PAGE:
- The Washington Times - Wednesday, July 31, 2002

Bosnian marathon

The foreign minister of Bosnia-Herzegovina swept through Washington last week holding 16 meetings in 24 hours to seek support for his moderate reformist government in the Oct. 5 general election.

Zlatko Lagumdzija told our correspondent, Nicholas Kralev, that a victory by opposition nationalist forces would gravely threaten the peaceful co-existence of Bosnian Muslims, Serbs and Croats.

That arrangement, he noted, should be a model of multi-ethnic society, especially at a time of tension between the Muslim world and the West.

"The election is a big challenge for us and the international community," Mr. Lagumdzija said. "We need as much support as we can get, because we have a very weak state and we need to strengthen it."

For the first time since the 1995 Dayton peace agreement that ended the civil war, Bosnia's voters will elect a parliament and government for four years, instead of two. The campaign issues this time will be the economy, education and health care, rather than "the ones that drove us into war," the foreign minister said.

"The three main nationalist parties currently have 19 seats in the 42-seat parliament, and we want to reduce that number under 15," he said.

On July 25 and 26, he met with Secretary of State Colin L. Powell, National Security Advisor Condoleezza Rice and President Bush, who dropped by Miss Rice's office during the meeting. Mr. Lagumdzija also held talks on Capitol Hill and at the International Monetary Fund.

He said he believed that "the ring is getting smaller and smaller" around former Bosnian Serb leader Radovan Karadzic, who, Mr. Lagumdzija noted, is hiding in the Serbian-controlled part of Bosnia.

"Five years ago, his arrest would have created turbulence," the minister said of Mr. Karadzic, who is wanted by The Hague tribunal on war-crimes charges. "Now it will create relief."

A-Baki for president

Ecuadoran Ambassador Ivonne A-Baki intends to be the first woman elected president of her South American nation.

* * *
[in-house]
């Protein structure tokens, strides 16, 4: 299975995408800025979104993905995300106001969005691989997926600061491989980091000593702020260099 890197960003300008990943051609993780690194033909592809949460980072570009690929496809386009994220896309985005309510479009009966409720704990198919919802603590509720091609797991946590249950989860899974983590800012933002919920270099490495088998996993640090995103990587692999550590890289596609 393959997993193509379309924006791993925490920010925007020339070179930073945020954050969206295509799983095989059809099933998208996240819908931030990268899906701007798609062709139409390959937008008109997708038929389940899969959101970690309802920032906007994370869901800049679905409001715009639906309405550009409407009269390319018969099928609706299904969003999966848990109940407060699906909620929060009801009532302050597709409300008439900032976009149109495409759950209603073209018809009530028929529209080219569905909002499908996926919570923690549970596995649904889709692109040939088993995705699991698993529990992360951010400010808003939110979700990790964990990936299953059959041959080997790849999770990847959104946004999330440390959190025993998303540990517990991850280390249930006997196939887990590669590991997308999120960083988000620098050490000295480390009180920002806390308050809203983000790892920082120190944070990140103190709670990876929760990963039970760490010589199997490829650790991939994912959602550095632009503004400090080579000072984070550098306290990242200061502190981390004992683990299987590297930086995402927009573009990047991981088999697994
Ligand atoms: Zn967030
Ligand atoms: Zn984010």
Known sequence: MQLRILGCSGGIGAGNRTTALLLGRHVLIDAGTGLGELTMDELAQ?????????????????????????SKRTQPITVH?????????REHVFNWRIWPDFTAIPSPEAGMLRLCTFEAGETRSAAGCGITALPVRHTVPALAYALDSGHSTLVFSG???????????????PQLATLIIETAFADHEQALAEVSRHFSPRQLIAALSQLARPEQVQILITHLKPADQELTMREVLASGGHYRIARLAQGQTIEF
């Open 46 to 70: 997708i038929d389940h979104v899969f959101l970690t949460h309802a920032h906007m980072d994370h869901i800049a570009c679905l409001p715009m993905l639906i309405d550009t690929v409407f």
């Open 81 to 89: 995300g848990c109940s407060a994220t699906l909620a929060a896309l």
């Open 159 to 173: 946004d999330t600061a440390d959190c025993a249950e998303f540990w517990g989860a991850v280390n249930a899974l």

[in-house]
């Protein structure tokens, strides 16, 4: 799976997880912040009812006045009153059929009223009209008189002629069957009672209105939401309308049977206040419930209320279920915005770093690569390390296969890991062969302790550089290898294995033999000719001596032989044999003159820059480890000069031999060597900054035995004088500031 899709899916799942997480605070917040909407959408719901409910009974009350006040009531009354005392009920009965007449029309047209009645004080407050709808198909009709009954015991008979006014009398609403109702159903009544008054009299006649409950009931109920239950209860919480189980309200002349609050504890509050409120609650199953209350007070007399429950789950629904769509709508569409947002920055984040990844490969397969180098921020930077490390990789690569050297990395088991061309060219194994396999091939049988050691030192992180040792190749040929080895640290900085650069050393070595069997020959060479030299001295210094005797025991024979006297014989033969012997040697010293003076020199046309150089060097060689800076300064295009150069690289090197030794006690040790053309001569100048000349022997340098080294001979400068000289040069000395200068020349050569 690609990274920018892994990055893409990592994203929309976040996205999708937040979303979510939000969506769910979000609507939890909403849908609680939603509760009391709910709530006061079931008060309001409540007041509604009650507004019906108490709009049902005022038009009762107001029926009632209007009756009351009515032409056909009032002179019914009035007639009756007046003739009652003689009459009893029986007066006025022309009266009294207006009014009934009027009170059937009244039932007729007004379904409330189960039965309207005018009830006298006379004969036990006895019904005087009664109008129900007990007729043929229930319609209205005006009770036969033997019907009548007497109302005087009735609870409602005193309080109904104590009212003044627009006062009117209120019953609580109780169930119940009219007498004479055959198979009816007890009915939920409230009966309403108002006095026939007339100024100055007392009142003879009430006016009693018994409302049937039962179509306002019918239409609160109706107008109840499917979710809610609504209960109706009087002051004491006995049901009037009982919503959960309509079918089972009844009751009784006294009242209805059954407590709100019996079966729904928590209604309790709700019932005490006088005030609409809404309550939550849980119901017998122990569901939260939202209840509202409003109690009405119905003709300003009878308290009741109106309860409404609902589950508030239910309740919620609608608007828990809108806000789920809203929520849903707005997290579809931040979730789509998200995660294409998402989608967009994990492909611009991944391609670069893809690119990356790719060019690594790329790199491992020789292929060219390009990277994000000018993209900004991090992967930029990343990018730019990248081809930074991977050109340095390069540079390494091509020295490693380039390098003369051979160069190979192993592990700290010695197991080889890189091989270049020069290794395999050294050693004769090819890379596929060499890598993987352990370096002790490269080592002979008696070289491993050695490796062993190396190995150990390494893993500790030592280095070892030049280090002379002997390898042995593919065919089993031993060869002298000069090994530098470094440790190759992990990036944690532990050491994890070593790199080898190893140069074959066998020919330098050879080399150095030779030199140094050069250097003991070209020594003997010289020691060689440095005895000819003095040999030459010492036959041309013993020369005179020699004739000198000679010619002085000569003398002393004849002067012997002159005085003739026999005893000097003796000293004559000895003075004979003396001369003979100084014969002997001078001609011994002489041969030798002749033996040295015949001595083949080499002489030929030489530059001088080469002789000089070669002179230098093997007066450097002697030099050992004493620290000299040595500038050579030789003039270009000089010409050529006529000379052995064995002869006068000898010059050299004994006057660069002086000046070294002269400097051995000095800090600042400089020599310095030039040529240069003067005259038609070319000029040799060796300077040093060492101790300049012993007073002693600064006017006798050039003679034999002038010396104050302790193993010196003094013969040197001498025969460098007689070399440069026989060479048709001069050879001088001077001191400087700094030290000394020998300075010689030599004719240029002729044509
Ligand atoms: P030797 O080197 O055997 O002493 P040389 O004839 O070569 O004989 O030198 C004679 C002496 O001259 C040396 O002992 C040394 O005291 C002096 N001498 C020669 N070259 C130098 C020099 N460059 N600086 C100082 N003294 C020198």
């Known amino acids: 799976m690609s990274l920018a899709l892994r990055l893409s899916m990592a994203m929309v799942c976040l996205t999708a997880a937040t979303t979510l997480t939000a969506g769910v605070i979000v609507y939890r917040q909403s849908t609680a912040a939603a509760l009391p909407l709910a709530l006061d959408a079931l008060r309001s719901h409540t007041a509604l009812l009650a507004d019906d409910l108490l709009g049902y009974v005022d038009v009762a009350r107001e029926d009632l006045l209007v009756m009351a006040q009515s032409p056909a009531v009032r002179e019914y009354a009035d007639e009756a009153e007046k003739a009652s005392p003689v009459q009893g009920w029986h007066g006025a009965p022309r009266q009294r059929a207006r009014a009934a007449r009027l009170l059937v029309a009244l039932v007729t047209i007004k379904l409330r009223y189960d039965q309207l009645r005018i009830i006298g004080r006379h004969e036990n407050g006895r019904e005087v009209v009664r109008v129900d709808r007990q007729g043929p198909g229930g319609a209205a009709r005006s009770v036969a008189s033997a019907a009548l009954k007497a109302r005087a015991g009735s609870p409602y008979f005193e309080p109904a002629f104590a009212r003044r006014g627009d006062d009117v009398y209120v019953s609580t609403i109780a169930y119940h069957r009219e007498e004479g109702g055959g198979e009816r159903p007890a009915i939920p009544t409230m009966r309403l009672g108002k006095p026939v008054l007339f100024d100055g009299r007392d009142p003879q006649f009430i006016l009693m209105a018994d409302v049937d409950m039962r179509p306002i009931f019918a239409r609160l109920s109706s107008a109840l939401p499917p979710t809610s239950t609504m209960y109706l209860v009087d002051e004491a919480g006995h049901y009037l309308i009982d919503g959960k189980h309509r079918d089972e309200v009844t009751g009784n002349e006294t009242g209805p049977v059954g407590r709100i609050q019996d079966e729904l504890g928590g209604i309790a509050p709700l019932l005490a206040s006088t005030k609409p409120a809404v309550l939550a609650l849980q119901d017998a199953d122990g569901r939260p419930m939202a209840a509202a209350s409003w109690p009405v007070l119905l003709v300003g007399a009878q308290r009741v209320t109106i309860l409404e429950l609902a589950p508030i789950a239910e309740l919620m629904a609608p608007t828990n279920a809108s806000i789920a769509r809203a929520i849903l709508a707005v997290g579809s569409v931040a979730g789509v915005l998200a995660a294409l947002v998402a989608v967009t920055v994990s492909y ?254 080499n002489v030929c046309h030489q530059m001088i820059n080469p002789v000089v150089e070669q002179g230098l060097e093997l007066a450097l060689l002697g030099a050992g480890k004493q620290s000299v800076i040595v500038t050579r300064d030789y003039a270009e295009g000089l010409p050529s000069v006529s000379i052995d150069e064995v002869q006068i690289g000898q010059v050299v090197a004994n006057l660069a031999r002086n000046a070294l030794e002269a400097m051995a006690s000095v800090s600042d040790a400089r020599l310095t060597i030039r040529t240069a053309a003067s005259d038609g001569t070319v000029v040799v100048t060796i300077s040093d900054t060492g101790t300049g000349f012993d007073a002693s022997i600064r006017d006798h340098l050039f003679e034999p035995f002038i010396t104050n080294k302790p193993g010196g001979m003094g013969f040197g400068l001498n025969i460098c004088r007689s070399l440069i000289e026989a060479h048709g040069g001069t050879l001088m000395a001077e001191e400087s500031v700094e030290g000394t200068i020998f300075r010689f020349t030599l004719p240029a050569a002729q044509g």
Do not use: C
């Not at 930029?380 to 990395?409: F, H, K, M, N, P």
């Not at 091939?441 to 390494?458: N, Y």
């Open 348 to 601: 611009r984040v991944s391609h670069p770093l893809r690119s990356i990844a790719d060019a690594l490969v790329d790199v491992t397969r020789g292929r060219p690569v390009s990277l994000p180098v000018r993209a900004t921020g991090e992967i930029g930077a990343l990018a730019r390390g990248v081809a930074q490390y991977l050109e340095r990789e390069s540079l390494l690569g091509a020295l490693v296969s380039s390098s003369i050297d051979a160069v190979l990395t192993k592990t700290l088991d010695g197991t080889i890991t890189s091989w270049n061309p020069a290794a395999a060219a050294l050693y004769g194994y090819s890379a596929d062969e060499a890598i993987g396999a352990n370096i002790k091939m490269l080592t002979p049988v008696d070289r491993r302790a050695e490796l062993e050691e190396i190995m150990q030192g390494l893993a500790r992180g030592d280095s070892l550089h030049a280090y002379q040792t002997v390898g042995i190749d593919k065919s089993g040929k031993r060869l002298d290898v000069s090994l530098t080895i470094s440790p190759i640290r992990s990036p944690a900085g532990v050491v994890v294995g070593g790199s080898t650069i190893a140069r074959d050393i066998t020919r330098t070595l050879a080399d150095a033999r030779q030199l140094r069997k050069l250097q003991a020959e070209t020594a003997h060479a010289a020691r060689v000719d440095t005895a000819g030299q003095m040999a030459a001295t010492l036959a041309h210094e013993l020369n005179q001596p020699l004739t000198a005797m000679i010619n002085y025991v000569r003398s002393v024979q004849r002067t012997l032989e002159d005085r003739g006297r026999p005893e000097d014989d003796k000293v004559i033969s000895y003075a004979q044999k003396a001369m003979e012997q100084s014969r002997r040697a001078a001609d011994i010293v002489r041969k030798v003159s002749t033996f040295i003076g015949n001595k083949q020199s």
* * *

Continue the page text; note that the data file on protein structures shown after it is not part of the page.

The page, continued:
Mrs. A-Baki announced her candidacy this week on a home visit to Ecuador and said she has already collected 60,000 of the 80,000 signatures needed on a nominating petition. She plans to run as an independent.

"I plan to be a candidate, but I am coming here as ambassador," she said in an Ecuadoran television interview broadcast Monday night. "I haven't quit, so it isn't official."

Mrs. A-Baki, 51, would have to leave Washington before the Aug. 20 deadline to register for the Oct. 20 election, when voters will select a new president, vice president and Congress. She has been ambassador here since 1999.

The Harvard-educated diplomat will join a field of candidates led by banana millionaire Alvaro Noboa and former President Rodrigo Borja.

She said her campaign will focus on creating jobs and stabilizing an economy still recovering from a financial crisis in 1999.

"Has our political system given results? No." she said. "It's time to make a change, to create solid bases for investment, to create jobs so people don't feel they have to emigrate and leave their families."

Egypt rejects criticism

Egypt rejected U.S. criticism yesterday of the sentencing of an Egyptian-American civil rights activist convicted of tarnishing Egypt's image and illegally accepting foreign funds for his organization.

Egyptian Foreign Minister Ahmed Maher accused the United States of playing politics in the case of Saad Eddin Ibrahim, who was sentenced Monday to seven years in prison.

"It's unusual for an embassy, whatever one it is, to publish a commentary on a verdict," he told reporters in Cairo, referring to a statement issued by the U.S. Embassy. "It's not a political affair, and it must not be politicized."

The embassy issued a statement from Charge d'Affaires Gordon Gray, who said he was "discouraged" that the High State Security Court convicted Mr. Ibrahim, who holds dual U.S. and Egyptian citizenship.

"On many occasions we have expressed our concern to the Egyptian government, both here and in Washington, about the process that led to this verdict," he said.

In Washington, State Department spokesman Philip Reeker added Monday that the United States is "deeply disappointed" by the verdict.

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